The developments are sure to be welcomed by interest groups like the Electronic Frontier Foundation, the American Civil Liberties Union and numerous others that describe CISPA as dangerous.
Security practitioners have argued that being able to share information about new vulnerabilities, malware threats and attack signatures is vital to their ability to detect and respond to malicious attacks. Almost every major technology company and industry group supports the legislation that passed the House.
But the EFF, ACLU and others maintain that the law, as worded, is extraordinarily ambiguous and will allow the government to monitor and gather broad swathes of private information on ordinary Internet users under the pretext of cybersecurity.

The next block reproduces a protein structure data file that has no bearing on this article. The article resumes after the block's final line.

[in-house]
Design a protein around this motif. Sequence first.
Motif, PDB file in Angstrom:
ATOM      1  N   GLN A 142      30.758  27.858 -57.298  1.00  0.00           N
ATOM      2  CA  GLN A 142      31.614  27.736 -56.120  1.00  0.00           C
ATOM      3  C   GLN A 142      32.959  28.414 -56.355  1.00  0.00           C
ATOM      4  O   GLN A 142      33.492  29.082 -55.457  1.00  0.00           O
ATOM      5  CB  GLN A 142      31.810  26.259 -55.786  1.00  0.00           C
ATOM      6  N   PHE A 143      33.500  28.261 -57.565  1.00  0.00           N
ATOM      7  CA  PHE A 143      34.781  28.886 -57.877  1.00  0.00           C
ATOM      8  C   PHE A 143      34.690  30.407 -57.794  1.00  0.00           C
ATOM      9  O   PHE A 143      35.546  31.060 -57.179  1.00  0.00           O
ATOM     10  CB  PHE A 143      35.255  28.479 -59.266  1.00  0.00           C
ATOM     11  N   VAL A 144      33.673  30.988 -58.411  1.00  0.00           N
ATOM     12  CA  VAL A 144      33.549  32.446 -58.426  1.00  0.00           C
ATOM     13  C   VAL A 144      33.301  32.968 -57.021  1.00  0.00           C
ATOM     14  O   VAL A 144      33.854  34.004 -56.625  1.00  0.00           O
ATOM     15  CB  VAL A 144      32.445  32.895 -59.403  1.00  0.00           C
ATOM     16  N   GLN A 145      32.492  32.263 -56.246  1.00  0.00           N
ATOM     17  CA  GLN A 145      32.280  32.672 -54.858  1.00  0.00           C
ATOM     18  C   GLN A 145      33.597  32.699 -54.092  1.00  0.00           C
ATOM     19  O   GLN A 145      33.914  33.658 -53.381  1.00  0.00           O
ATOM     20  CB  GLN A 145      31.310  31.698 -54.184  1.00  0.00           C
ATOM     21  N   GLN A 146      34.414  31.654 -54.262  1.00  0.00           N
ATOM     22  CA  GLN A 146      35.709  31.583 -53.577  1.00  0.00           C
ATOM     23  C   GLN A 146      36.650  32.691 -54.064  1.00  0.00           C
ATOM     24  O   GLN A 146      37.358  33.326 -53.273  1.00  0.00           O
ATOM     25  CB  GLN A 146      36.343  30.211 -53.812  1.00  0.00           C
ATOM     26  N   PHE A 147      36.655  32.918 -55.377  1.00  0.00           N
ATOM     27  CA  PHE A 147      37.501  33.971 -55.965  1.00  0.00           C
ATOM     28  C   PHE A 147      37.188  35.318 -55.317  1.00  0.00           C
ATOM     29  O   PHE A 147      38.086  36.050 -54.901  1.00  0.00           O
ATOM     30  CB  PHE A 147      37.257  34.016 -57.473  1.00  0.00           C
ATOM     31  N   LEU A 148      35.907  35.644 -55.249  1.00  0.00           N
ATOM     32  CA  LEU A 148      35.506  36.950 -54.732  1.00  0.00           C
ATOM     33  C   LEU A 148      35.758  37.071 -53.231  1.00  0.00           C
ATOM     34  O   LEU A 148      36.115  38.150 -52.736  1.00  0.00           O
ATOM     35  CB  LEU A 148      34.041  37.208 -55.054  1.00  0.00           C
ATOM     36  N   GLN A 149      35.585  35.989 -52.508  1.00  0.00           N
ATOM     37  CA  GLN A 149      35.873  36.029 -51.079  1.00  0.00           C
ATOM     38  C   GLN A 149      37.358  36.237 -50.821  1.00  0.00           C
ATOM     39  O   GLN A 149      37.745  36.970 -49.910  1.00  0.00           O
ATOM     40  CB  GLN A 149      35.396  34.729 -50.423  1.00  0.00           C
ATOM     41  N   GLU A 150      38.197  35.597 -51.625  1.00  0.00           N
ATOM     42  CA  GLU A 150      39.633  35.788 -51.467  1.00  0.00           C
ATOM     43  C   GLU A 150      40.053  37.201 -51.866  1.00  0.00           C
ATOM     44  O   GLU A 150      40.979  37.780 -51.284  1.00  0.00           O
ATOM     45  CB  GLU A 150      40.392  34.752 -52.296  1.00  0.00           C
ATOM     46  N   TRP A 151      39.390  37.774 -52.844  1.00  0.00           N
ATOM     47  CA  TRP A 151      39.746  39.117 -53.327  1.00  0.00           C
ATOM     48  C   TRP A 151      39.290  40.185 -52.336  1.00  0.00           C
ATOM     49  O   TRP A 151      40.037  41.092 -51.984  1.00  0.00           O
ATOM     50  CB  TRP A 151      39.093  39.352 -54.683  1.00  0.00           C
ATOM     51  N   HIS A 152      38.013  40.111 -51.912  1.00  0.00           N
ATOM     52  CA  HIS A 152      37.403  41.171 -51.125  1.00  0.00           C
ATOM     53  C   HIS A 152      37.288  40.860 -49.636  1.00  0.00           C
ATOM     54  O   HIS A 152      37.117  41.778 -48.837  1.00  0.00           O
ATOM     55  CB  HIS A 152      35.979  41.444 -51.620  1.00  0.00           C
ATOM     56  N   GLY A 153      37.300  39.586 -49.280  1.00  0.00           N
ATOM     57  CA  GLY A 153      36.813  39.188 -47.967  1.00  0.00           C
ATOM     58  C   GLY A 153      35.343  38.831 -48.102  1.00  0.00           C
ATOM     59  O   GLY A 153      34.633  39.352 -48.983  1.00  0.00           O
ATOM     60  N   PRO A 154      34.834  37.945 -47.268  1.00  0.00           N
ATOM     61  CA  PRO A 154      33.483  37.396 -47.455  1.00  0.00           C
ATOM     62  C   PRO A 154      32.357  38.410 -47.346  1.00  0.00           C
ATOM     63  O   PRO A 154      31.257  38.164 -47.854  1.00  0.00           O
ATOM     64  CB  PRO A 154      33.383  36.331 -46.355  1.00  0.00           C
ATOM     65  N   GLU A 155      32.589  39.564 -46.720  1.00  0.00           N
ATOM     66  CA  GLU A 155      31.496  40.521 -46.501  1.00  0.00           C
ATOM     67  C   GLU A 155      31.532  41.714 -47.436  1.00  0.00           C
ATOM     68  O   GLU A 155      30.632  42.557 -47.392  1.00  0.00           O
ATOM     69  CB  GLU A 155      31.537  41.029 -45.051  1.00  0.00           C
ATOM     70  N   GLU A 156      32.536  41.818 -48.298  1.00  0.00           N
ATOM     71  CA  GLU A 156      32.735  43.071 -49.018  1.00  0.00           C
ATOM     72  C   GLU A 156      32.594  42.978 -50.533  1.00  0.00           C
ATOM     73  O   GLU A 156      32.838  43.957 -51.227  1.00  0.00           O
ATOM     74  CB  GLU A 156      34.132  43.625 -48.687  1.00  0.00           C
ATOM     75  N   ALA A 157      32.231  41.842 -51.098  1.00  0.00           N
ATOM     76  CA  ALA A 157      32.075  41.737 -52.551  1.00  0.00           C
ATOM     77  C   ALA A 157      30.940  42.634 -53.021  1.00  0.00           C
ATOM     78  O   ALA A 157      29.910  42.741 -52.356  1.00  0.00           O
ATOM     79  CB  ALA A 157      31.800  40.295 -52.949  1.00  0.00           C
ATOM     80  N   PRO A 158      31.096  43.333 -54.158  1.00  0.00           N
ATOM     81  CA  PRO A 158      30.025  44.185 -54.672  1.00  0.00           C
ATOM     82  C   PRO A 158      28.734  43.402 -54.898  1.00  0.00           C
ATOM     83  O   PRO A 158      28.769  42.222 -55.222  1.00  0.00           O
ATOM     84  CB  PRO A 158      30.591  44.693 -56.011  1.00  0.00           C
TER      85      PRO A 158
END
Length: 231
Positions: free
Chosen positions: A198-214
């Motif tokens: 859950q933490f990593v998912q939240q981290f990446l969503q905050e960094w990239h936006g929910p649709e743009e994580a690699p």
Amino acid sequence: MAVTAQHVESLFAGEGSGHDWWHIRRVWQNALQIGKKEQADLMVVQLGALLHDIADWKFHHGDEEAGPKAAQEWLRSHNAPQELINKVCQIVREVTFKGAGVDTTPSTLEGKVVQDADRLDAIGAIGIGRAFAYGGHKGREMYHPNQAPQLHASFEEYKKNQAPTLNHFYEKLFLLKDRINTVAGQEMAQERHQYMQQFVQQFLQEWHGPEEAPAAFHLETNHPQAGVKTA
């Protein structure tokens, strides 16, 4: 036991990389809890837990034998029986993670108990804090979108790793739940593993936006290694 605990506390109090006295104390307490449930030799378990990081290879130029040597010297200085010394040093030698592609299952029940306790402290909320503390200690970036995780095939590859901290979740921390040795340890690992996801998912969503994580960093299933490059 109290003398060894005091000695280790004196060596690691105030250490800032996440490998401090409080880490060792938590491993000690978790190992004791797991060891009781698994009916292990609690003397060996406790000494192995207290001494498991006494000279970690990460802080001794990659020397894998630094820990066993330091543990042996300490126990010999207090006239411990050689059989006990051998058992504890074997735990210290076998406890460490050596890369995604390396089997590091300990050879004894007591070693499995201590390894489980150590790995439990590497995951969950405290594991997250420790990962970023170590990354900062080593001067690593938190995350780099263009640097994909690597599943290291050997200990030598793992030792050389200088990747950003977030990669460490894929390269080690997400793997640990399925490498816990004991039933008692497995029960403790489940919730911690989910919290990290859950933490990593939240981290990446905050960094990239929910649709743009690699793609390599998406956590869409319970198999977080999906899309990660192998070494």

CISPA proponents insist that all threat data that is gathered and shared under the provisions of the bill would be completely anonymized and stripped of personal identity data. Nonetheless, advocacy groups say it would permit communications service providers to share stored emails, text messages and files with the government.
Mark Jaycox, a staff attorney at the EFF today said the statements by Senate lawmakers are encouraging.
"Time and time again privacy advocates have pointed to problematic flaws in CISPA," Jaycox said. "Though the authors are unwilling to listen, it's reassuring to see a veto threat from the President and confirmation from the Senate that the bill will not move."
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